Though rebels in eastern Ukraine were warned not to tamper with the evidence at the Malaysia Airlines Flight MH17 crash site, U.S. officials report the rebels have seized control of the bodies recovered from the downed plane.
The Associated Press reports that the question of who is controlling the evidence at the site is becoming a major international dust-up. Monitors say armed rebels have limited their access to the site, and Ukrainian officials claim the rebels seized the bodies by force.
The Ukraine government and pro-Russian separatist rebels both accuse each other of firing the surface-to-air missile that downed MH17, killing all 298 people onboard. On Sunday the rebels loaded 192 bodies and eight body parts onto railway cars for storage.
There was no word on the remaining bodies, but some experts say they may have been incinerated in the explosion and crash.
Donetsk rebel leader Alexander Borodai said the bodies recovered from the crash site would remain in refrigerated train cars in the rebel-held town of Torez, 15 kilometers (9 miles) from the crash site, until the arrival of an international aviation delegation.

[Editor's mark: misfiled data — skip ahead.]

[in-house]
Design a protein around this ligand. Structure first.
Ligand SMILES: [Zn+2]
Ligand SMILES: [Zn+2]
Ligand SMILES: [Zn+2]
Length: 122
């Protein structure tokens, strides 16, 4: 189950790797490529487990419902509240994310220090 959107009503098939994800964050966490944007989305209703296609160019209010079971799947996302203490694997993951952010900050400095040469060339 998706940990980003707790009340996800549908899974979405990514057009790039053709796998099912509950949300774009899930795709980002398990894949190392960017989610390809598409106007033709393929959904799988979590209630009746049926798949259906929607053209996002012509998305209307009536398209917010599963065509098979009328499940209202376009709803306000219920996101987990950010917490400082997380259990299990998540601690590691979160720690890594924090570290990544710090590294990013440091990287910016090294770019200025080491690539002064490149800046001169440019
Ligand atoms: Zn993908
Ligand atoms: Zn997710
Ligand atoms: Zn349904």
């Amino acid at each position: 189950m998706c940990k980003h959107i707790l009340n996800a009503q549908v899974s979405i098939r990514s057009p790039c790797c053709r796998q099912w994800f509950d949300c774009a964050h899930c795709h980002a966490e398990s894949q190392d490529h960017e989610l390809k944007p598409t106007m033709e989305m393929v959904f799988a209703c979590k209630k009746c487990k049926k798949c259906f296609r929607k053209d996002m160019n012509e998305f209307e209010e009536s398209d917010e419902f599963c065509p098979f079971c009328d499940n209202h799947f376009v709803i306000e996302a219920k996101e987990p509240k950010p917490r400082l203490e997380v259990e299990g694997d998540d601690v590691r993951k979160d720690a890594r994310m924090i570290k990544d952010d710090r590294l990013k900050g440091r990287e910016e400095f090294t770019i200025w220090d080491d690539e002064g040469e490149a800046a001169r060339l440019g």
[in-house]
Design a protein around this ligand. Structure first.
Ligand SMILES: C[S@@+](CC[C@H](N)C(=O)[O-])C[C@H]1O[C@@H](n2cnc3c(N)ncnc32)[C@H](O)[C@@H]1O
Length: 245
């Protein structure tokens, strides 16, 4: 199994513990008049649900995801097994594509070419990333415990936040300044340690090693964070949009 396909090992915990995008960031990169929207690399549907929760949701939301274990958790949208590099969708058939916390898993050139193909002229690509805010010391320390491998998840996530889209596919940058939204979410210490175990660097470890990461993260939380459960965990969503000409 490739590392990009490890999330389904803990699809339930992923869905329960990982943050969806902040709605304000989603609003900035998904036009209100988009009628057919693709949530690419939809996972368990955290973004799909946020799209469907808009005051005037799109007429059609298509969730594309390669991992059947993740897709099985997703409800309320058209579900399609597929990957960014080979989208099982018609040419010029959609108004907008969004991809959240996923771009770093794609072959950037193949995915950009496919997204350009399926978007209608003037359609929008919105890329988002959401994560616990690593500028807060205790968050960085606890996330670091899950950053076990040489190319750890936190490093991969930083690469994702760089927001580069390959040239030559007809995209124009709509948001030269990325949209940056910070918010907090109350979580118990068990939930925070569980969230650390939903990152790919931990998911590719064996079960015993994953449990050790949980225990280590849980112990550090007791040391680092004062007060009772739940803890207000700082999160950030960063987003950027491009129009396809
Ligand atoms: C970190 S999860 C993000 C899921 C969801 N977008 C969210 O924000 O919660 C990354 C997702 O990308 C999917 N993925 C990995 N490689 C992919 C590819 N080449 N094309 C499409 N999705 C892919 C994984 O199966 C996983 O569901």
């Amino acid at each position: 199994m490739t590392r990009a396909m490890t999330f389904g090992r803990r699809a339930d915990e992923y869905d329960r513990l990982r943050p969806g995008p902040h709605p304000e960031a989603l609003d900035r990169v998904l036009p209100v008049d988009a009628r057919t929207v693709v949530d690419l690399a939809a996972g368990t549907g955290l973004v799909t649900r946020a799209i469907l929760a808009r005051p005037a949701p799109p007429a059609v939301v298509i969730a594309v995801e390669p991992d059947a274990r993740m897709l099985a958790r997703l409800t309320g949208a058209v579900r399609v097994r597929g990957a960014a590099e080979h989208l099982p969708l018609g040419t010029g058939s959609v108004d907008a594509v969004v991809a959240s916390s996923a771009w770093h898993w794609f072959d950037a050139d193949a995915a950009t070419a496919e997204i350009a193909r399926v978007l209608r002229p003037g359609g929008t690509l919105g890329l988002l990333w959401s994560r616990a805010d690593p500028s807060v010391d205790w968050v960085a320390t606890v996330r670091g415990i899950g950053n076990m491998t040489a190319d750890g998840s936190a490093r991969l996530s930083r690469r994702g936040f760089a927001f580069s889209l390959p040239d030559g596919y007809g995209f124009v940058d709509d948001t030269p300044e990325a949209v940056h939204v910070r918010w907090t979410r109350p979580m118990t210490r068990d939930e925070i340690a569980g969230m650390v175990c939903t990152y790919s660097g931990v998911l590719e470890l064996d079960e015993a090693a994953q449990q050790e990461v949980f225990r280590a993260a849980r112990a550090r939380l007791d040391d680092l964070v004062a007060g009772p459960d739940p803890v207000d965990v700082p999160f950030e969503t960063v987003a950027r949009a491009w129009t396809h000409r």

"The bodies will go nowhere until experts arrive," Borodai said, speaking in the rebel-held city of Donetsk. He also said the plane's black boxes have been recovered and will be handed over to the International Civil Aviation Organization.
Leaders in Europe demanded that Russian President Vladimir Putin ensure the separatists give investigators full access to the crash site to determine exactly what happened.
And in today's Sunday Times, UK Prime Minister David Cameron said that if Ukrainian separatists were proven to be behind the attack, it would be Russia's fault for destabilizing the country.
"If this is the case then we must be clear what it means: this is a direct result of Russia destabilizing a sovereign state, violating its territorial integrity, backing thuggish militias and training and arming them," he wrote in the newspaper.